William Ellis. Polynesian Researches, During a Residence of Nearly Six Years in the South Sea Islands, including Descriptions of the Natural History and Scenery of the Islands, with Remarks on the History, Mythology, Traditions, Government, Arts, Manners, and Customs of the Inhabitants. London: Fisher, Son, & Jackson, 1829. Gift of Katharine E. McBride ’25.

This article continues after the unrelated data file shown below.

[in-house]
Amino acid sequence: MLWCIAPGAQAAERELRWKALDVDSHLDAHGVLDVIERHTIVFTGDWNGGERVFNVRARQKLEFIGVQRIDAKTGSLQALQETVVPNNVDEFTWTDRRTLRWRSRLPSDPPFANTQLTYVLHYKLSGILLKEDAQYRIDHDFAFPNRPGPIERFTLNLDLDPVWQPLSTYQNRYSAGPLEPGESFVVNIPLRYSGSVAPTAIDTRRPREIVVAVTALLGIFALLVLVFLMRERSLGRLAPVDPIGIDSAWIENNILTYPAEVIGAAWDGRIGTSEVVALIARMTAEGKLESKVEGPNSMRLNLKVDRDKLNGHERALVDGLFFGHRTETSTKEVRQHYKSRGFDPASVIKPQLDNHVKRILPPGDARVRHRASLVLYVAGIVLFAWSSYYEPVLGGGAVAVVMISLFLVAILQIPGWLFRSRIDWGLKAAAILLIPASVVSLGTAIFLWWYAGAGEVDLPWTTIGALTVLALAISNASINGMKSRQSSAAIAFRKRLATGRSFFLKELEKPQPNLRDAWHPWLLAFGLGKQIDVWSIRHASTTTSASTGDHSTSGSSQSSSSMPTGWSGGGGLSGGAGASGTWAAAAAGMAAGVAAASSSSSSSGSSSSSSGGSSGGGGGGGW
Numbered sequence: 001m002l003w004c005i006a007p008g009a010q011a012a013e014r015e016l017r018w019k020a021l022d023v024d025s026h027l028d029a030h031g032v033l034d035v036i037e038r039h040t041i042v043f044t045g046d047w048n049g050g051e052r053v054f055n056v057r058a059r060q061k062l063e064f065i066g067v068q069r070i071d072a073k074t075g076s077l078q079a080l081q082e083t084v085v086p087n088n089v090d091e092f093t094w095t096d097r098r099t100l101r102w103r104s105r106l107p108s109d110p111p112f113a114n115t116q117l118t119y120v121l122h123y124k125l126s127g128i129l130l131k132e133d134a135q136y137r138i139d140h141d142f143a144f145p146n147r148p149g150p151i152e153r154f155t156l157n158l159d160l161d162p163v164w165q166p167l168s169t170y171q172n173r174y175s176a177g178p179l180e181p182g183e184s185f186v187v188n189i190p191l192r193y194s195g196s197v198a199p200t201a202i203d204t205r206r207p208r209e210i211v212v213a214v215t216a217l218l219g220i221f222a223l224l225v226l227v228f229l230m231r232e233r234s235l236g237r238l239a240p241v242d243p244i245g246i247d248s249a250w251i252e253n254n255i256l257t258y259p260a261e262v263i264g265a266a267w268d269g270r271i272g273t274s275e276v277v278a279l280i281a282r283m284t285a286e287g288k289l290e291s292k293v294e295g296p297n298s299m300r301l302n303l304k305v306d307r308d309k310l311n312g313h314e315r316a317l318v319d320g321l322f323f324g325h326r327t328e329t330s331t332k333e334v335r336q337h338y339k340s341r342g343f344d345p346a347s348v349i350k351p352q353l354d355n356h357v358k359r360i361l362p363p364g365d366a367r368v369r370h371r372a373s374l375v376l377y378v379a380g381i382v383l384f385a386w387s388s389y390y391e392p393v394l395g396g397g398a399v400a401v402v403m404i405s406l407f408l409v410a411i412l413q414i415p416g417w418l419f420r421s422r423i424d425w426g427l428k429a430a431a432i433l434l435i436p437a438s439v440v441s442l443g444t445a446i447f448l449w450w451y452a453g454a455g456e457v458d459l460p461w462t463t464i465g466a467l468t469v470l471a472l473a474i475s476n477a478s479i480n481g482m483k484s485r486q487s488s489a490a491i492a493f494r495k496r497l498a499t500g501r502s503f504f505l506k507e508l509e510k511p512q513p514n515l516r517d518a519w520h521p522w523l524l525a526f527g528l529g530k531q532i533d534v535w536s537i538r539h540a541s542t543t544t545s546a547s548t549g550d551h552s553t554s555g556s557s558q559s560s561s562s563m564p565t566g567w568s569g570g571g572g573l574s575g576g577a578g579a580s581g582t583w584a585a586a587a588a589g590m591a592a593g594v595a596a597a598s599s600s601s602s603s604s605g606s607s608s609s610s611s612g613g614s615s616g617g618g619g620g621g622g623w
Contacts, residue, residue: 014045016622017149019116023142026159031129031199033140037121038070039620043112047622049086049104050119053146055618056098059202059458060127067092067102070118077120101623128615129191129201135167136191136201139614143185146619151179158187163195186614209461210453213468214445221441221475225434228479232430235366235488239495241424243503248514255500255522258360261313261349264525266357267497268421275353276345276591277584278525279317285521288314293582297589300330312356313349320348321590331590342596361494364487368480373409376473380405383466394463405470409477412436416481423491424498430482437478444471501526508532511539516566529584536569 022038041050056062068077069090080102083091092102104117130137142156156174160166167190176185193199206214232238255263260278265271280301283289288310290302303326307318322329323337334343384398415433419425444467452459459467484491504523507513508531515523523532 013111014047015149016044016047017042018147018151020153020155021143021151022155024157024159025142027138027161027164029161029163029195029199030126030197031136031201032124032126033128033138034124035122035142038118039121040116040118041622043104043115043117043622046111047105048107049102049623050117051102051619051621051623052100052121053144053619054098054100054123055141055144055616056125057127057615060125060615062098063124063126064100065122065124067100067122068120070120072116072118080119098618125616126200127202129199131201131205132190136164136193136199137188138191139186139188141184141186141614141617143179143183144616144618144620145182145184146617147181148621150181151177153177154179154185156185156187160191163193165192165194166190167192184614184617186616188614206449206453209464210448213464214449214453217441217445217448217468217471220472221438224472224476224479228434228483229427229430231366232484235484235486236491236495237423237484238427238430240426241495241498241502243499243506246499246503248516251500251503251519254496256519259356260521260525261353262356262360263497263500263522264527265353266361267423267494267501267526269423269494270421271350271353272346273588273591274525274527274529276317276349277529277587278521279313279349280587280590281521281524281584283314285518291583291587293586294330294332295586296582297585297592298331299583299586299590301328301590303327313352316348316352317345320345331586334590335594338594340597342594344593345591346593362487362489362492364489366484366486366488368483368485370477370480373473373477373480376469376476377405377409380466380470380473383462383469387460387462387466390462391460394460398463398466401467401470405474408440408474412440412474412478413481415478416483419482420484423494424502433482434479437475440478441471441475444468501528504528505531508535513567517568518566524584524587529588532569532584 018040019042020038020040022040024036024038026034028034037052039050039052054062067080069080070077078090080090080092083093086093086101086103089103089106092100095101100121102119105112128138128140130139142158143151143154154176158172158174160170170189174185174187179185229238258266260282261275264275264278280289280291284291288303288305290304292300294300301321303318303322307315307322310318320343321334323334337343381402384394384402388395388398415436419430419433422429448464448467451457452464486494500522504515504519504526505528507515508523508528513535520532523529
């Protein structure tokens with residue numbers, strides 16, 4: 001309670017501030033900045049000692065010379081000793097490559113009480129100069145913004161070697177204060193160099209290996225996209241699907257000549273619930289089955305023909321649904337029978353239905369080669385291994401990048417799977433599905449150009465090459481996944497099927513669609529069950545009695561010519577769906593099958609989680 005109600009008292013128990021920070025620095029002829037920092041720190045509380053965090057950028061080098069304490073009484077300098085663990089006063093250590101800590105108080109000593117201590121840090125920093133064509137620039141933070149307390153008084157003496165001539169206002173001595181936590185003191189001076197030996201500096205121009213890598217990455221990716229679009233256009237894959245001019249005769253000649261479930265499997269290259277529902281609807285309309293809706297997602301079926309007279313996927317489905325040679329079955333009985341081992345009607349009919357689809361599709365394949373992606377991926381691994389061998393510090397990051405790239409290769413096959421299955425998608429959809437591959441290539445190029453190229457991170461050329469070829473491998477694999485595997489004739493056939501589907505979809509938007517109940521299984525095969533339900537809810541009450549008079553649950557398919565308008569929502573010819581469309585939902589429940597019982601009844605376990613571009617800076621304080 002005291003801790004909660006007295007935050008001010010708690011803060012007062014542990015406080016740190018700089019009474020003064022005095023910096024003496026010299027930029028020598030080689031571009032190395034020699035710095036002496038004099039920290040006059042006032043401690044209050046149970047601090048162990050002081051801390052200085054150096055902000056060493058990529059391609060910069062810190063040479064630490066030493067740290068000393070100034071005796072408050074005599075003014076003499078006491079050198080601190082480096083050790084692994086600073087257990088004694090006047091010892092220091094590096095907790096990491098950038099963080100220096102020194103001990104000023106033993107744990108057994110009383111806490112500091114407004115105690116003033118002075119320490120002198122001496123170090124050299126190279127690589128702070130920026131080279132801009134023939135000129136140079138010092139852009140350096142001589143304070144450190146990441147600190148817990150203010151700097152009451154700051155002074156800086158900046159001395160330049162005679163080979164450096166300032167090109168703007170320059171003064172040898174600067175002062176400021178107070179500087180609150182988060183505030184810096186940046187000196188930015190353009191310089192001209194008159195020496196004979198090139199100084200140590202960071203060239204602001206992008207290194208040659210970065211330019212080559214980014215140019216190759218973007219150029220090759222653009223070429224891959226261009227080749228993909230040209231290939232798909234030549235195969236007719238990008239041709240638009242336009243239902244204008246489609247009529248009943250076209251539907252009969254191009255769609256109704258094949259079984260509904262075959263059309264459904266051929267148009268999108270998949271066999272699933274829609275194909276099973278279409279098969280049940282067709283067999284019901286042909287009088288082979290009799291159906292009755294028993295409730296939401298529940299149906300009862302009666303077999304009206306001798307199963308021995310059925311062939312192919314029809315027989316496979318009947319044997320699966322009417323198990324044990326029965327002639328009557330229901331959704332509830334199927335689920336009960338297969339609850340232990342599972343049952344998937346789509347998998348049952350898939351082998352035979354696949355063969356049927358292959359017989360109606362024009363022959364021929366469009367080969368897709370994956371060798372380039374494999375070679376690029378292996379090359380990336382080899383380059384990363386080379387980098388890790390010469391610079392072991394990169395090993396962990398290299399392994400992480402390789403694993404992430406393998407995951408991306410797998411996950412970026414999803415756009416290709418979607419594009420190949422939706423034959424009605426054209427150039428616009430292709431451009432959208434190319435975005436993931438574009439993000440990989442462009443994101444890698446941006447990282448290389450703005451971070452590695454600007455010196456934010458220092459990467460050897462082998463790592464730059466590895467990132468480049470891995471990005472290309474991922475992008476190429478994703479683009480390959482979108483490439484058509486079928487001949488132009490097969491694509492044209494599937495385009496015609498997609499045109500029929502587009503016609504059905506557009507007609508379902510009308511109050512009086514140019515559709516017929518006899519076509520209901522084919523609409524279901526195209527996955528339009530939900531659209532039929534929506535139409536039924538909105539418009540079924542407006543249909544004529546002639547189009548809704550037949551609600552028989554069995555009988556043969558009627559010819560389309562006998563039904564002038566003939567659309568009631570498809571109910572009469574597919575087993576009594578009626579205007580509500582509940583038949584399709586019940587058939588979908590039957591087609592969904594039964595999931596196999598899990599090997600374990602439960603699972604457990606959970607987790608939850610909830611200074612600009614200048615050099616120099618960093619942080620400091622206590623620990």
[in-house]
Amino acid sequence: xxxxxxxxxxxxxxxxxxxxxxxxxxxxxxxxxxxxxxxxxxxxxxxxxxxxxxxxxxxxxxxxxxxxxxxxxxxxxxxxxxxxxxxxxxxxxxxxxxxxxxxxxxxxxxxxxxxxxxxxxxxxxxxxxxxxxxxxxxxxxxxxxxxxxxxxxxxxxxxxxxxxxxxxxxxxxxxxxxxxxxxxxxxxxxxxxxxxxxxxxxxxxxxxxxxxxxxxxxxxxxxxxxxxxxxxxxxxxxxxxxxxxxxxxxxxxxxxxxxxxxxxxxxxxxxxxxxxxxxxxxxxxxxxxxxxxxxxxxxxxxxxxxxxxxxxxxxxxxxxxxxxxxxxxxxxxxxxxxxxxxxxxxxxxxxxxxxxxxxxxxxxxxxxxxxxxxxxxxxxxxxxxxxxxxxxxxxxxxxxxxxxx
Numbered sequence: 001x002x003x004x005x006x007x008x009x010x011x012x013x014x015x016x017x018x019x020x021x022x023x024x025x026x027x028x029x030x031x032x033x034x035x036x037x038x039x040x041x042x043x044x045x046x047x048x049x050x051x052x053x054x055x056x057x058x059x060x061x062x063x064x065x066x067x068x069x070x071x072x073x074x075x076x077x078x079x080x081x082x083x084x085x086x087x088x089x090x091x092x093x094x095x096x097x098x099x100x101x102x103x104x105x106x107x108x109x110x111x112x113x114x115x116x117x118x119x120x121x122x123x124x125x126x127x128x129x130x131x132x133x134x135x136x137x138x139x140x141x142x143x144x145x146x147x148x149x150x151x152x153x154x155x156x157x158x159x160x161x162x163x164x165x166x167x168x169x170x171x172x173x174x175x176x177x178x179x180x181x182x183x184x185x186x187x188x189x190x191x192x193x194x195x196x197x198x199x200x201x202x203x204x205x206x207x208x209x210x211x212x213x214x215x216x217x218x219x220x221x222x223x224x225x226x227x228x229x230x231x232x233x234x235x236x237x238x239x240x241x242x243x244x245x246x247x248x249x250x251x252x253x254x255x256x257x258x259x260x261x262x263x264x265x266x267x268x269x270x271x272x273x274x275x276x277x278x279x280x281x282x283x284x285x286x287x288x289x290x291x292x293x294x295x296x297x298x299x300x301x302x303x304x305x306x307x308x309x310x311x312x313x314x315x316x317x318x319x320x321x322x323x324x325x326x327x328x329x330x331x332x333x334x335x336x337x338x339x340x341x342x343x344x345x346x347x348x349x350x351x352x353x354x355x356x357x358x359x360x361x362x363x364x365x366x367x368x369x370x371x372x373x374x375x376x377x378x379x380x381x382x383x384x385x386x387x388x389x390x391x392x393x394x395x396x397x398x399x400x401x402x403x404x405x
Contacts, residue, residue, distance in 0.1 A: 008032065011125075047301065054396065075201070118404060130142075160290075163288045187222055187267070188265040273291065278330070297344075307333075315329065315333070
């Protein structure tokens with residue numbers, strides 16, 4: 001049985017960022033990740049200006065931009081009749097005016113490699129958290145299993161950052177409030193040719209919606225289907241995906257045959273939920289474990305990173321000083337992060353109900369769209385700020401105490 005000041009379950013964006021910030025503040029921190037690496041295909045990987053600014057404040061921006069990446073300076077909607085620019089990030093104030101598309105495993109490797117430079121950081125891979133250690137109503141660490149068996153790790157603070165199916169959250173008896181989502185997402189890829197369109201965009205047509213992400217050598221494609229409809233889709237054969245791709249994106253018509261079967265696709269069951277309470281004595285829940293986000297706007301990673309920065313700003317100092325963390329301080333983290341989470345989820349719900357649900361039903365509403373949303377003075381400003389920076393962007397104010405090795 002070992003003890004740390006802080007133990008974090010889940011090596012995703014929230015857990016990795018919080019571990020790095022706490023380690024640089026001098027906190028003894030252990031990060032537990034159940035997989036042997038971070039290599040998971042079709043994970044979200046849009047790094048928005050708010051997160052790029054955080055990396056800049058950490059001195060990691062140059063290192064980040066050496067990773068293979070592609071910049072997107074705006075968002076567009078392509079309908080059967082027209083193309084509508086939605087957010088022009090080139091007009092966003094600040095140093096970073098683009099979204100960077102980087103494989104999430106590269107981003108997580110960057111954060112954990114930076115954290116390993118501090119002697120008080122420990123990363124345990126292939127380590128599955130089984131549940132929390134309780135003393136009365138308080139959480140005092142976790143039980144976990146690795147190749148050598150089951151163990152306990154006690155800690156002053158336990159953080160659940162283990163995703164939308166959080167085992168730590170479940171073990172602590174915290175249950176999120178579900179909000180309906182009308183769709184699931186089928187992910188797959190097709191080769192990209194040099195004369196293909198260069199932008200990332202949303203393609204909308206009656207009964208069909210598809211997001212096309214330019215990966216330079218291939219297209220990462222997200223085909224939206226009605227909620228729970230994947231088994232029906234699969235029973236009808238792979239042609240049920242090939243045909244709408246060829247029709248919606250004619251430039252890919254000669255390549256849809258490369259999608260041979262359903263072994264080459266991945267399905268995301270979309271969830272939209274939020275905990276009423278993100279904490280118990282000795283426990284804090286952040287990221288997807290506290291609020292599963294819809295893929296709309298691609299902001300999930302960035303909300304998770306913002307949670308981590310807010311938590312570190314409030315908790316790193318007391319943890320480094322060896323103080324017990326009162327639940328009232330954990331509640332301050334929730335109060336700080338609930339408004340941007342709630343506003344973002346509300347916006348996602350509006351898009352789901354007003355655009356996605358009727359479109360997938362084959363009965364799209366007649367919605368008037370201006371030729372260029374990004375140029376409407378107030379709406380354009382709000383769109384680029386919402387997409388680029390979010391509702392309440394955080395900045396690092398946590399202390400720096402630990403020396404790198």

English missionaries began to play an important role in collecting and writing about the natural history of remote parts of the world in the early nineteenth century as British missionary societies started to take an interest in the souls of these regions’ inhabitants. An influential example, and one read by Charles Darwin on the Pacific leg of his Beagle voyage, was Polynesian Researches, written by William Ellis (1794-1872), an English missionary for the London Missionary Society. Prior to his ordination in 1815, Ellis worked as a printer, a skill which he used to produce a number of Christian texts in Hawaiian and Tahitian. Polynesian Researches describes his years working in the Pacific, and it combined neutral scientific observation with Christian discourse. This mixture of science, travel narrative and theology proved to be popular and was appreciated by such famous nineteenth-century novelists as Herman Melville and Wilkie Collins. Darwin remarked that that Ellis’s book was one of his main sources for knowledge about Polynesian culture.

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